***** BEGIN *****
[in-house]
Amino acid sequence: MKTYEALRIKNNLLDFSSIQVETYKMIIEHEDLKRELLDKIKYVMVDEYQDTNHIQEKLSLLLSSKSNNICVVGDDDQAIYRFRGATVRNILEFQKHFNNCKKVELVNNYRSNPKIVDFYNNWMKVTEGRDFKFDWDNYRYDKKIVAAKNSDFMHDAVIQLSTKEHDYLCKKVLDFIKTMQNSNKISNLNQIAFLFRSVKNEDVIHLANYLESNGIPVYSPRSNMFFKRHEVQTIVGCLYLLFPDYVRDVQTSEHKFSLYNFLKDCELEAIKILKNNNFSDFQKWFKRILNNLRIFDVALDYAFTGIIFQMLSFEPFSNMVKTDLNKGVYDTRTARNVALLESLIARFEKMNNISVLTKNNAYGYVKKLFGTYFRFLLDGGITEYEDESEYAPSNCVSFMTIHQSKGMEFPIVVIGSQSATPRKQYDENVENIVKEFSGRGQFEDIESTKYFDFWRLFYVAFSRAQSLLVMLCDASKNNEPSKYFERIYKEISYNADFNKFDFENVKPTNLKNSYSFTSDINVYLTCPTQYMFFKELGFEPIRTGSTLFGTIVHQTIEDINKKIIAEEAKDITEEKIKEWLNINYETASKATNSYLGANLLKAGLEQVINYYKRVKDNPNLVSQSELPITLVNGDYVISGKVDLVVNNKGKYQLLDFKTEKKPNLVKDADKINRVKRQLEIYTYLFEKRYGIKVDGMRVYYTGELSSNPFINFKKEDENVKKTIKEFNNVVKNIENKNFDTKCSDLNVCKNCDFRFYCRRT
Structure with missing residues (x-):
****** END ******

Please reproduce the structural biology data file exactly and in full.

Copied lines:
[in-house]
Amino acid sequence: MKTYEALRIKNNLLDFSSIQVETYKMIIEHEDLKRELLDKIKYVMVDEYQDTNHIQEKLSLLLSSKSNNICVVGDDDQAIYRFRGATVRNILEFQKHFNNCKKVELVNNYRSNPKIVDFYNNWMKVTEGRDFKFDWDNYRYDKKIVAAKNSDFMHDAVIQLSTKEHDYLCKKVLDFIKTMQNSNKISNLNQIAFLFRSVKNEDVIHLANYLESNGIPVYSPRSNMFFKRHEVQTIVGCLYLLFPDYVRDVQTSEHKFSLYNFLKDCELEAIKILKNNNFSDFQKWFKRILNNLRIFDVALDYAFTGIIFQMLSFEPFSNMVKTDLNKGVYDTRTARNVALLESLIARFEKMNNISVLTKNNAYGYVKKLFGTYFRFLLDGGITEYEDESEYAPSNCVSFMTIHQSKGMEFPIVVIGSQSATPRKQYDENVENIVKEFSGRGQFEDIESTKYFDFWRLFYVAFSRAQSLLVMLCDASKNNEPSKYFERIYKEISYNADFNKFDFENVKPTNLKNSYSFTSDINVYLTCPTQYMFFKELGFEPIRTGSTLFGTIVHQTIEDINKKIIAEEAKDITEEKIKEWLNINYETASKATNSYLGANLLKAGLEQVINYYKRVKDNPNLVSQSELPITLVNGDYVISGKVDLVVNNKGKYQLLDFKTEKKPNLVKDADKINRVKRQLEIYTYLFEKRYGIKVDGMRVYYTGELSSNPFINFKKEDENVKKTIKEFNNVVKNIENKNFDTKCSDLNVCKNCDFRFYCRRT
Structure with missing residues (x-):